THE lives of Sunderland women have shaped a new play.
Lydia’s House, written by Janet Plater, daughter of one of the UK’s leading stage and TV writers, Alan Plater, tells the true story of five Wearside women and their struggles against adversity.
At a Hendon workshop, women are given an opportunity to learn, train and gain access to the world of work.
The pioneering Doll’s House project is run by Lydia’s House, a social enterprise aiming to help women with problems such as alcoholism, depression, drug addiction or long-term unemployment.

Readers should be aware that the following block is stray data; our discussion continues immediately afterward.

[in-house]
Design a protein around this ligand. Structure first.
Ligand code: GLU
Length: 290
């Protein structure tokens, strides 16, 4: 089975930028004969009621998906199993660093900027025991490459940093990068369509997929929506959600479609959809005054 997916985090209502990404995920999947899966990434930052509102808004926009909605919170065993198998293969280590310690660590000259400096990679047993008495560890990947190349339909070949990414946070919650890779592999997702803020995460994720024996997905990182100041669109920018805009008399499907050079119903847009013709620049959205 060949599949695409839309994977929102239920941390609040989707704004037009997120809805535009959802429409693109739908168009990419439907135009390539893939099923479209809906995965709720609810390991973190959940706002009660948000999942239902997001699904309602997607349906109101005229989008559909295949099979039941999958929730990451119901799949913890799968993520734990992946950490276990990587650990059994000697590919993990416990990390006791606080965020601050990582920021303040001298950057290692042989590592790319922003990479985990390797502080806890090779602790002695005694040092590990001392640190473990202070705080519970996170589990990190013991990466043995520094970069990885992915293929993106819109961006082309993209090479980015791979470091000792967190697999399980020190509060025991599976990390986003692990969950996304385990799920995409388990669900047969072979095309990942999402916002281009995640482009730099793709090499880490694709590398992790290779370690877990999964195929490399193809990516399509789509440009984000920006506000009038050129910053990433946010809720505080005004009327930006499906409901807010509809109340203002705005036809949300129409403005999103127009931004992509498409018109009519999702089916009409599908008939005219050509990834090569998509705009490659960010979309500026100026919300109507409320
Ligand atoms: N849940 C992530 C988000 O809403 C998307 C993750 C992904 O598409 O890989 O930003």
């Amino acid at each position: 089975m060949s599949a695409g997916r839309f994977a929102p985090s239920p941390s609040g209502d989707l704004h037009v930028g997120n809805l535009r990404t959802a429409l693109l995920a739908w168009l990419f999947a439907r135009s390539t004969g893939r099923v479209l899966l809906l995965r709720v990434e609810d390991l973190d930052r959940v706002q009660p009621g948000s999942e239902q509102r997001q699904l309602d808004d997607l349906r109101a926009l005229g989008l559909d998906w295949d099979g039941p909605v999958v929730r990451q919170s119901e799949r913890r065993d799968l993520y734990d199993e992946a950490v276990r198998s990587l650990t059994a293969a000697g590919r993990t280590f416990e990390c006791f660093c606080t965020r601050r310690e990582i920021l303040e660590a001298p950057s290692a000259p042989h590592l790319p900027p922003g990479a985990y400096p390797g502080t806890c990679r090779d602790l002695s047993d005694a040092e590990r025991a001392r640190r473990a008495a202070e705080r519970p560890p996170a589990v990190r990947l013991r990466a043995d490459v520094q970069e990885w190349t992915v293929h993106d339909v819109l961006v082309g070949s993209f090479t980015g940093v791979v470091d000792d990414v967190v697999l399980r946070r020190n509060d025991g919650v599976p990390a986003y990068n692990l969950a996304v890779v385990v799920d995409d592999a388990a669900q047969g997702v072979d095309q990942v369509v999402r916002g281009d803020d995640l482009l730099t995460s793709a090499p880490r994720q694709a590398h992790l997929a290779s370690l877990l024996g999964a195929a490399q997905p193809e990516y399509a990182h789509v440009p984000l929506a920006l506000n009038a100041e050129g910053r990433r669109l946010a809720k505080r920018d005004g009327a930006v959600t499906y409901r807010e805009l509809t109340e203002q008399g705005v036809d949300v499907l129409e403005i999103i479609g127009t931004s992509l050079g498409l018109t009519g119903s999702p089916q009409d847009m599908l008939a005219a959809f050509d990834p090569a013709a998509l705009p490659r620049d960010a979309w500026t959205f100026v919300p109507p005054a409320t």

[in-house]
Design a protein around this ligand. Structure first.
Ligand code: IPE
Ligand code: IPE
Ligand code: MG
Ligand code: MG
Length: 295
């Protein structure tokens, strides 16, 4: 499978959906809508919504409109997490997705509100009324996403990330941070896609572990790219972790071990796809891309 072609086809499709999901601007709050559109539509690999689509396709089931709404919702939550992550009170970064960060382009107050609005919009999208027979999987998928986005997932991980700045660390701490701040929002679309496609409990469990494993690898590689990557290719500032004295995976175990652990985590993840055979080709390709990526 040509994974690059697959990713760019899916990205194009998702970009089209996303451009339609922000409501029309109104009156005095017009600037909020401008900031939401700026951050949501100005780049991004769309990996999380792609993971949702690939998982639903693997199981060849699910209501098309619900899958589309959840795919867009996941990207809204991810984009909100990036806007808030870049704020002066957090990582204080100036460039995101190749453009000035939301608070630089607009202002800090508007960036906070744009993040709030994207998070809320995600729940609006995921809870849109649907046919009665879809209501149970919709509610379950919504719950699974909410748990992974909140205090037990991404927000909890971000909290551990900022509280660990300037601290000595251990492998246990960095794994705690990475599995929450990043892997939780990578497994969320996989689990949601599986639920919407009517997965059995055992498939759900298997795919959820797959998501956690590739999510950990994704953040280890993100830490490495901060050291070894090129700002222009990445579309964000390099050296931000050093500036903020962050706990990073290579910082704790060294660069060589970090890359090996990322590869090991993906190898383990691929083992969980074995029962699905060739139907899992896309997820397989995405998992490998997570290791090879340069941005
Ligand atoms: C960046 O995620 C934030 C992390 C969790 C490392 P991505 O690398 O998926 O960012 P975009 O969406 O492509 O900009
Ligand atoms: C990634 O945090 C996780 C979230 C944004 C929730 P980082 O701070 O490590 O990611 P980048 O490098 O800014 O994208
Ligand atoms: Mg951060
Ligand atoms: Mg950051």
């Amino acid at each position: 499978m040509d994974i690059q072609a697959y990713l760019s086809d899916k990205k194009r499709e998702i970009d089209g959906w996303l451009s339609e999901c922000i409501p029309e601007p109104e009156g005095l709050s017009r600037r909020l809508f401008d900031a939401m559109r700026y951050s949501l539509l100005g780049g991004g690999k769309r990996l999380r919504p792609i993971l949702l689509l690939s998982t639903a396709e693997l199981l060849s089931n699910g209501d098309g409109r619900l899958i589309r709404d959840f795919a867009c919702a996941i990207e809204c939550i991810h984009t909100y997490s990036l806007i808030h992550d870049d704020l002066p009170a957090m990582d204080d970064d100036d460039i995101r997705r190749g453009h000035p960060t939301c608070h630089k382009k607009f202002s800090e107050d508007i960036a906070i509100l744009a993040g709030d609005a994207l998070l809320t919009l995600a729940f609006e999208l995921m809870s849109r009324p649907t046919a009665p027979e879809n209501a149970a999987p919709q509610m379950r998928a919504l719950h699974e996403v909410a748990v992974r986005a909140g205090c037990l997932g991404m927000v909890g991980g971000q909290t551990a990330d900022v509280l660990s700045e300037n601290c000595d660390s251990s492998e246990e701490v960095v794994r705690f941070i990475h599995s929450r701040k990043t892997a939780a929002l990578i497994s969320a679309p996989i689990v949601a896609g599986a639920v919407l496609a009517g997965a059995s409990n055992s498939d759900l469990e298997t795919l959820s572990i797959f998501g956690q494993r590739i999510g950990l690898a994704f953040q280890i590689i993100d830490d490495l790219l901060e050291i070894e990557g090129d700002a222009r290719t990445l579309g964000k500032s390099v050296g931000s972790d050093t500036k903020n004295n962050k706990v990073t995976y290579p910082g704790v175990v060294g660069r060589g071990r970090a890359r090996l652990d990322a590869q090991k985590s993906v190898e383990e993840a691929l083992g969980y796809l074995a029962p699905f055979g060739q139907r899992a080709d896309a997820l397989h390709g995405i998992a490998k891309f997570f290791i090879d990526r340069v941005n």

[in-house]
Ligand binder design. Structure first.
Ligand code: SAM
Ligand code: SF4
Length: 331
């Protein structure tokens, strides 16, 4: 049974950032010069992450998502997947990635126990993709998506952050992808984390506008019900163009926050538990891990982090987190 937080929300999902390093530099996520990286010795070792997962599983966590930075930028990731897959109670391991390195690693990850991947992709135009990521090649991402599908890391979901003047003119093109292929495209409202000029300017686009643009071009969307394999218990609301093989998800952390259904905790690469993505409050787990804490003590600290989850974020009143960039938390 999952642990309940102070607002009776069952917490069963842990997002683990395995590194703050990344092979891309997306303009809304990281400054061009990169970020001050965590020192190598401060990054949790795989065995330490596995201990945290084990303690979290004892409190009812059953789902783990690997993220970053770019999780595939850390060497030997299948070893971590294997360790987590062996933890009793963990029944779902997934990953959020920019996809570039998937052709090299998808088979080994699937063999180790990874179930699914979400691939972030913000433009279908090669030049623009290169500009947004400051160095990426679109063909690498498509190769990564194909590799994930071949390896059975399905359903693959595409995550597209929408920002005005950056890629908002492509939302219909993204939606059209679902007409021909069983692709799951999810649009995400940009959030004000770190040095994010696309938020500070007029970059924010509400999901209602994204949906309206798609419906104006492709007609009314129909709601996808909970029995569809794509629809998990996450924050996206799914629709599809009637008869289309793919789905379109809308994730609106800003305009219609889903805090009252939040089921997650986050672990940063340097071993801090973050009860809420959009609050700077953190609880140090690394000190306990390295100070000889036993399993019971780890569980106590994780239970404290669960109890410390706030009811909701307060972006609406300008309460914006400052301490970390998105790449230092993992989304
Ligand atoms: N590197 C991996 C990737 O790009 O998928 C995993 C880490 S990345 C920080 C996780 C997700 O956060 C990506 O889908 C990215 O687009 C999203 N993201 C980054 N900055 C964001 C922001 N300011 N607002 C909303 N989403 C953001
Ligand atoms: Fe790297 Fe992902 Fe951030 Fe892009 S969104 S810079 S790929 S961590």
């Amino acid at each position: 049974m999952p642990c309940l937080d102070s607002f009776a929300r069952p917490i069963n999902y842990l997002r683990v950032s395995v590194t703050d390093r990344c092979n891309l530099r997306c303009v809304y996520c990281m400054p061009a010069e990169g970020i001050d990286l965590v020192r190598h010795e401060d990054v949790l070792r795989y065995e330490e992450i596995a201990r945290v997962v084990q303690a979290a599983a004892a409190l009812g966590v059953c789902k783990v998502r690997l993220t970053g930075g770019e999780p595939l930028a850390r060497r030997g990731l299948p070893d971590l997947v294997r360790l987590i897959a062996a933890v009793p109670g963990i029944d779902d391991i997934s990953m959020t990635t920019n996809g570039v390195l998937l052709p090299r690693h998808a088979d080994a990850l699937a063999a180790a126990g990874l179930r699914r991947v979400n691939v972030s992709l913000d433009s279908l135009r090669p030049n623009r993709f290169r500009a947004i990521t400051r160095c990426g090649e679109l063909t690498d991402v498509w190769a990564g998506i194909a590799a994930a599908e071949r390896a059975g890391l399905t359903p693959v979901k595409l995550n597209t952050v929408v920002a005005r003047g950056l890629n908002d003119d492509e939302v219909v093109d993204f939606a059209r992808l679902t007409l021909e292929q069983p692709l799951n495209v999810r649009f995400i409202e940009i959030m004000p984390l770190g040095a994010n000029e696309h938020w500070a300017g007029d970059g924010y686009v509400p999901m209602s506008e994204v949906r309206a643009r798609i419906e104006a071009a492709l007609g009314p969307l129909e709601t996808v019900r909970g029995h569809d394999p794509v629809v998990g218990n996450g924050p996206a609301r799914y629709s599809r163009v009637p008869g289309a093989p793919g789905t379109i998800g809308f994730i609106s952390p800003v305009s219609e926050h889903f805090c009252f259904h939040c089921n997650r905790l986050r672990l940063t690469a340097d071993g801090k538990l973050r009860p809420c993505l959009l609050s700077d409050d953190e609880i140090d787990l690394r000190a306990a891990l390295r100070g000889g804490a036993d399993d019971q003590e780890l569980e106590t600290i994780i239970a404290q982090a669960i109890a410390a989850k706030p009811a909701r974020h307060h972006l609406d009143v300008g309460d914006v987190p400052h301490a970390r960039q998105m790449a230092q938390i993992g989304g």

Writer Janet Plater has taken the real stories of five women and brought them to life in Lydia’s House, which starts a regional tour tonight.
“The workshop gives many of the women a reason to get up in the morning,” she said.
“These Sunderland women and their stories have never been represented on stage and their stories need to be told. I sat in on the workshops and listened to their stories and watched how they went about their work on the dolls’ houses.”
Washington-based actress and producer Christina Berriman Dawson has been instrumental in getting the play staged. She said: “I was incredibly moved by the life stories of some of these women and knew Janet would be the perfect writer to bring these stories to the stage.”
Lydia’s House opens at Arts Centre Washington tonight, then moves to The Canny Space in Holy Trinity Church, Hendon, tomorrow and Saturday. It closes at The Customs House, South Shields, on Thursday, June 26. Tickets are available from the venues.